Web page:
One final check of my pockets would show what was truly important for such an occasion. As I stood, one foot out the door, I patted my pockets to make sure I had the essentials. The phone was in its usual pocket, along with thin plastic wallet and ticket. My best Zippo, in case someone needed to borrow a light, and a Sharpie were residing in my left front pocket. My best only Santa Hat was nestled tightly on my overly large head. A quick stop by the Morgantown Sheetz finished off our list of necessary accouterments for the concert.

After all, we had to have our Faygo.

The Amphitheater was within a few miles of everything else in Pittsburgh. We could see the stage from the long, traffic-filled bridges over the rivers and hear the sound of excited tailgaters from the exhaust-filled parking garage. The walk to the venue was relatively short compared to the 80 miles we had driven that day, but it revealed something that I had always expected.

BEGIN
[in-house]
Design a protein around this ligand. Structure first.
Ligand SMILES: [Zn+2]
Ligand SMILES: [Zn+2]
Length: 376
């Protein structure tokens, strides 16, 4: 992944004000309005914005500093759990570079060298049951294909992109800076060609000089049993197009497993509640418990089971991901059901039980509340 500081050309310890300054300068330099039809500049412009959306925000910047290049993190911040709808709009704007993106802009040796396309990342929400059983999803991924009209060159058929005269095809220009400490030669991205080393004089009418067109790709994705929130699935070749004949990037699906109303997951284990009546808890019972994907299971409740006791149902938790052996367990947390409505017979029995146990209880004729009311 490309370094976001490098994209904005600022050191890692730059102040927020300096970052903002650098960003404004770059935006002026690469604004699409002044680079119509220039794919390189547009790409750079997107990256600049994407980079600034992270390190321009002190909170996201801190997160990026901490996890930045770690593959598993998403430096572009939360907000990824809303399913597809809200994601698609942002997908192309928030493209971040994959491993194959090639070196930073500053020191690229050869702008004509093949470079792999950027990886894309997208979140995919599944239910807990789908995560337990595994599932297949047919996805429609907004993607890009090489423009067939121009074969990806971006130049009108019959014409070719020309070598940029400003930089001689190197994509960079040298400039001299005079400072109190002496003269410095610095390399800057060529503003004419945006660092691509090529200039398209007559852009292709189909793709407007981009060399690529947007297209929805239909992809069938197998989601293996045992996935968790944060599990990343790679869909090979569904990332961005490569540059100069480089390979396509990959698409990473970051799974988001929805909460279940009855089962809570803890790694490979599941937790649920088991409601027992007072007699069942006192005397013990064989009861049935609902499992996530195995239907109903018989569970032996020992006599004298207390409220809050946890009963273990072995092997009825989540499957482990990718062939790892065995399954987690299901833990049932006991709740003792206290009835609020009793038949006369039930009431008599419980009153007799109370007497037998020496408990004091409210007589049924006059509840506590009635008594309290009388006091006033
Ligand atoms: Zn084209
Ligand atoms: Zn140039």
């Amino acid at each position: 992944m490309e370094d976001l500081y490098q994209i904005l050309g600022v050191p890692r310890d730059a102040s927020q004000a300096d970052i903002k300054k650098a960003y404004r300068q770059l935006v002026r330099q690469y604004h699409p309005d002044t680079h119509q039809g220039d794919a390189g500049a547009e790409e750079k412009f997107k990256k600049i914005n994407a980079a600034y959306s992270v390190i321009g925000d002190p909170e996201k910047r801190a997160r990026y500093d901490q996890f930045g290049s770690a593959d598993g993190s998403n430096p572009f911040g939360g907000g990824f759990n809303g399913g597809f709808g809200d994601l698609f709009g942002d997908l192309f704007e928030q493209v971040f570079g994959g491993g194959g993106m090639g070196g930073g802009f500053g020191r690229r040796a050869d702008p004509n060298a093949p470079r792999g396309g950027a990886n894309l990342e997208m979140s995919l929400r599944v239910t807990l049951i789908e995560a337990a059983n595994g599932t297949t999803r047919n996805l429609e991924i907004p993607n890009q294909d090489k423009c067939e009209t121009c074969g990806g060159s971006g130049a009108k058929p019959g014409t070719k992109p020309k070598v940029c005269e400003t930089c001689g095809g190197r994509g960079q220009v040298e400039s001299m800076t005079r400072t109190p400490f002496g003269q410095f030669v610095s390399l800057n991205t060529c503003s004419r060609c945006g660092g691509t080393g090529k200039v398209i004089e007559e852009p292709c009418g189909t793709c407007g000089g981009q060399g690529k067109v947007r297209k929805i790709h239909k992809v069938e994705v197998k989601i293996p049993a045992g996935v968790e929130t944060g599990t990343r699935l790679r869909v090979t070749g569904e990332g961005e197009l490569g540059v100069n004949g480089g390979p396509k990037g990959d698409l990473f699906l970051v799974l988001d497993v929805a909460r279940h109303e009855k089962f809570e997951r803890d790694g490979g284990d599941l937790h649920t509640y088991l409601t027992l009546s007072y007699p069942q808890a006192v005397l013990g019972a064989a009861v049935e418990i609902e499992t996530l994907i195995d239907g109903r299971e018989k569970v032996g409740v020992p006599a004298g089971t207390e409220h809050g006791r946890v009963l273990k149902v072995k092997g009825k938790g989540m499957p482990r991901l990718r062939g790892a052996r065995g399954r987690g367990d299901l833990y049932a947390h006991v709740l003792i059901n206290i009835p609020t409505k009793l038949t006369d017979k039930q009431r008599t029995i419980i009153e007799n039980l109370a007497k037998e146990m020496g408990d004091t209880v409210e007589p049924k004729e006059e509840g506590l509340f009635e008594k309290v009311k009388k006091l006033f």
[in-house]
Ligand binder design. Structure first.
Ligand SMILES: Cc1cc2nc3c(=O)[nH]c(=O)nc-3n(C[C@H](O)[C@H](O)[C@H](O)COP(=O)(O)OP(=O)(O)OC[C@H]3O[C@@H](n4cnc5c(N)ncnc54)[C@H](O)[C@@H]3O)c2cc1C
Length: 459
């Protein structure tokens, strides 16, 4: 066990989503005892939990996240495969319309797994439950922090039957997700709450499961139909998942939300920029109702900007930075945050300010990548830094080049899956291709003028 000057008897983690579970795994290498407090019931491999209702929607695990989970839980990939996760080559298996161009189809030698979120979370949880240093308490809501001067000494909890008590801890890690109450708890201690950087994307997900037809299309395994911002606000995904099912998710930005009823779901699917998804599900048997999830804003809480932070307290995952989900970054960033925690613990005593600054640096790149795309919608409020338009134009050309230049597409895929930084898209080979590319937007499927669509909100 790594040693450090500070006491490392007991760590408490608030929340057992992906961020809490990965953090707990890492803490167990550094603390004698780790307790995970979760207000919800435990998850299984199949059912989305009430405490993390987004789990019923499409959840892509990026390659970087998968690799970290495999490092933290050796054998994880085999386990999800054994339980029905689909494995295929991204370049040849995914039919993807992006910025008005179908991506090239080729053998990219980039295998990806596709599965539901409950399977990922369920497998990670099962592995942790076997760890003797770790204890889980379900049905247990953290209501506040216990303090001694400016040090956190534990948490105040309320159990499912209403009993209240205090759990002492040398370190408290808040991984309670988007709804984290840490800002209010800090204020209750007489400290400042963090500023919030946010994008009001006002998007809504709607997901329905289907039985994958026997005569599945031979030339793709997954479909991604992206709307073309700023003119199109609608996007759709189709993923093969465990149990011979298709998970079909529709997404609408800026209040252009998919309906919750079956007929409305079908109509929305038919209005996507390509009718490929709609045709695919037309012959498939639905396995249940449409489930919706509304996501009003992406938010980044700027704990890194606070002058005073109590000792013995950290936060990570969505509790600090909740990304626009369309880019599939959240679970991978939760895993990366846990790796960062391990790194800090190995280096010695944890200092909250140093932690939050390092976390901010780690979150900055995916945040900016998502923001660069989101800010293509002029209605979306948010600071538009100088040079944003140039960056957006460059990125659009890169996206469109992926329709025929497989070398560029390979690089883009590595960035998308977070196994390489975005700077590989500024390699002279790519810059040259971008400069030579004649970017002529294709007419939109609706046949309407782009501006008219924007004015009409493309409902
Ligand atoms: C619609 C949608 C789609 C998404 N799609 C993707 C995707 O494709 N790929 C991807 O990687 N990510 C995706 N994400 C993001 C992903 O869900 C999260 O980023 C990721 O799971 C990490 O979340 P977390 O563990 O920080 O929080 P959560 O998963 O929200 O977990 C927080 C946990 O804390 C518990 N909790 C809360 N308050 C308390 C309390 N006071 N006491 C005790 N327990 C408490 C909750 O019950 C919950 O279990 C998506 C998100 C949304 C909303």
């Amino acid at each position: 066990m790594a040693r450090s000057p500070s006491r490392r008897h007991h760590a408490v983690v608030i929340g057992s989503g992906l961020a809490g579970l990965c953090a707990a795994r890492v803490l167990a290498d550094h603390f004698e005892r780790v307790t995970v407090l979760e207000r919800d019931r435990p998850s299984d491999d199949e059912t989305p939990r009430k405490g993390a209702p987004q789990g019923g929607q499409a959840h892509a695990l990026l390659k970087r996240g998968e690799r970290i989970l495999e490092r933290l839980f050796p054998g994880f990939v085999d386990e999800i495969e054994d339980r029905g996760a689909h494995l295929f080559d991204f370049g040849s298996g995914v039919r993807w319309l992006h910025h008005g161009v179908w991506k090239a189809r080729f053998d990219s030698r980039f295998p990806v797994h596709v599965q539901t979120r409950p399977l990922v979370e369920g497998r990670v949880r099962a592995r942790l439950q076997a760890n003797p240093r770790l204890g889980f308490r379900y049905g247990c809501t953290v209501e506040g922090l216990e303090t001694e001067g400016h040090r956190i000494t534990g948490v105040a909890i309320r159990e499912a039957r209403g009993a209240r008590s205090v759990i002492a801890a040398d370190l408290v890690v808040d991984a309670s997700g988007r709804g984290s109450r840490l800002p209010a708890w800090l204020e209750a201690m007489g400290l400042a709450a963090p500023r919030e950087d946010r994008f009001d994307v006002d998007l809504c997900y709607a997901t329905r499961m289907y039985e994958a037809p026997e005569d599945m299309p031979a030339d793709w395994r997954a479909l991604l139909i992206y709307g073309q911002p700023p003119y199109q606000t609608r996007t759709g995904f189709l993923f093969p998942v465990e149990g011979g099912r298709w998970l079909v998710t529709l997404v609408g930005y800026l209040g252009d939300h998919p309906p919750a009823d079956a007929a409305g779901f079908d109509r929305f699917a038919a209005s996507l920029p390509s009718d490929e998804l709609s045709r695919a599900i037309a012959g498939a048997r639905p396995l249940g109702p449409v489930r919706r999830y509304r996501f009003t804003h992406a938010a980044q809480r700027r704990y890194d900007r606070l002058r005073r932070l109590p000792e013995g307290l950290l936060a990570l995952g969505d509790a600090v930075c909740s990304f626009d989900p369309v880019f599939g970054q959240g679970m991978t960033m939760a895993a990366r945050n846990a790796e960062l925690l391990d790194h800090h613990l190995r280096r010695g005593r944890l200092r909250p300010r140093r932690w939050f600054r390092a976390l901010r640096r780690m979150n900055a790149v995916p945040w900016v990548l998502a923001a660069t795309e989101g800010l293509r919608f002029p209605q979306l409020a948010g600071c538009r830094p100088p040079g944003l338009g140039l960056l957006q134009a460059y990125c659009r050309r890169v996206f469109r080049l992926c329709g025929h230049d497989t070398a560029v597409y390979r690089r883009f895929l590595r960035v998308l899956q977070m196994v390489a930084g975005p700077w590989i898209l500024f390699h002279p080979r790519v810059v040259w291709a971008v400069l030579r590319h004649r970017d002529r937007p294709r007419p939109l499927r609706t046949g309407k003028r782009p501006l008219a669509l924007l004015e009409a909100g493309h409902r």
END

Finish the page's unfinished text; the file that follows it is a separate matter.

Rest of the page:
It truly takes a certain kind of person to want to the see the Flaming Lips in concert. We saw old, black, toothless men with tie-dye hats, shirtless men and women that were smoking cigarettes (I think) and playing hackysack, and even the palest woman I have ever seen wearing a large ceremonial Native American headdress. I remember remarking that the closer we got to the show, the more normal I looked. Honestly, a bright t-shirt and a sweat-stained Santa hat are somewhat commonplace on the road to the Flaming Lips.